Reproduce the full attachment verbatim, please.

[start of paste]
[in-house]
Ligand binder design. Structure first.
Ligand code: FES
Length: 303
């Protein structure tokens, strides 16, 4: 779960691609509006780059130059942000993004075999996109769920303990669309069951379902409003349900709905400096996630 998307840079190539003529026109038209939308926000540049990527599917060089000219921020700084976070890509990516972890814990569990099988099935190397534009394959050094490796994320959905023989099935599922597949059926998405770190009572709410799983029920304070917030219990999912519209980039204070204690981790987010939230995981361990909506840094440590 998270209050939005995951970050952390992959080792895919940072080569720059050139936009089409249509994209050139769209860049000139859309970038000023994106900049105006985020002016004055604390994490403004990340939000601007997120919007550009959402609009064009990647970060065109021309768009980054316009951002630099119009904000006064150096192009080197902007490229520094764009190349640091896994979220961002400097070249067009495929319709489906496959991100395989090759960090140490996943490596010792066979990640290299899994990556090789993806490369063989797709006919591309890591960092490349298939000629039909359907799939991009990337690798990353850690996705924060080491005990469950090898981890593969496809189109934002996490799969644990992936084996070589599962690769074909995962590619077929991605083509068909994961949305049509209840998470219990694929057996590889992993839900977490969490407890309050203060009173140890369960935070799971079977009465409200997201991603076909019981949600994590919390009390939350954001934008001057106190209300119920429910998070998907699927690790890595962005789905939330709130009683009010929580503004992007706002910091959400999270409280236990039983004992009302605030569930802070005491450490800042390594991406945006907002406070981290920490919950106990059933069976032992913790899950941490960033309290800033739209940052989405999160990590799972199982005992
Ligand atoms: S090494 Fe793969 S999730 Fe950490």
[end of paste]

[in-house]
Ligand binder design. Structure first.
Ligand code: FES
Length: 303
């Protein structure tokens, strides 16, 4: 779960691609509006780059130059942000993004075999996109769920303990669309069951379902409003349900709905400096996630 998307840079190539003529026109038209939308926000540049990527599917060089000219921020700084976070890509990516972890814990569990099988099935190397534009394959050094490796994320959905023989099935599922597949059926998405770190009572709410799983029920304070917030219990999912519209980039204070204690981790987010939230995981361990909506840094440590 998270209050939005995951970050952390992959080792895919940072080569720059050139936009089409249509994209050139769209860049000139859309970038000023994106900049105006985020002016004055604390994490403004990340939000601007997120919007550009959402609009064009990647970060065109021309768009980054316009951002630099119009904000006064150096192009080197902007490229520094764009190349640091896994979220961002400097070249067009495929319709489906496959991100395989090759960090140490996943490596010792066979990640290299899994990556090789993806490369063989797709006919591309890591960092490349298939000629039909359907799939991009990337690798990353850690996705924060080491005990469950090898981890593969496809189109934002996490799969644990992936084996070589599962690769074909995962590619077929991605083509068909994961949305049509209840998470219990694929057996590889992993839900977490969490407890309050203060009173140890369960935070799971079977009465409200997201991603076909019981949600994590919390009390939350954001934008001057106190209300119920429910998070998907699927690790890595962005789905939330709130009683009010929580503004992007706002910091959400999270409280236990039983004992009302605030569930802070005491450490800042390594991406945006907002406070981290920490919950106990059933069976032992913790899950941490960033309290800033739209940052989405999160990590799972199982005992
Ligand atoms: S090494 Fe793969 S999730 Fe950490």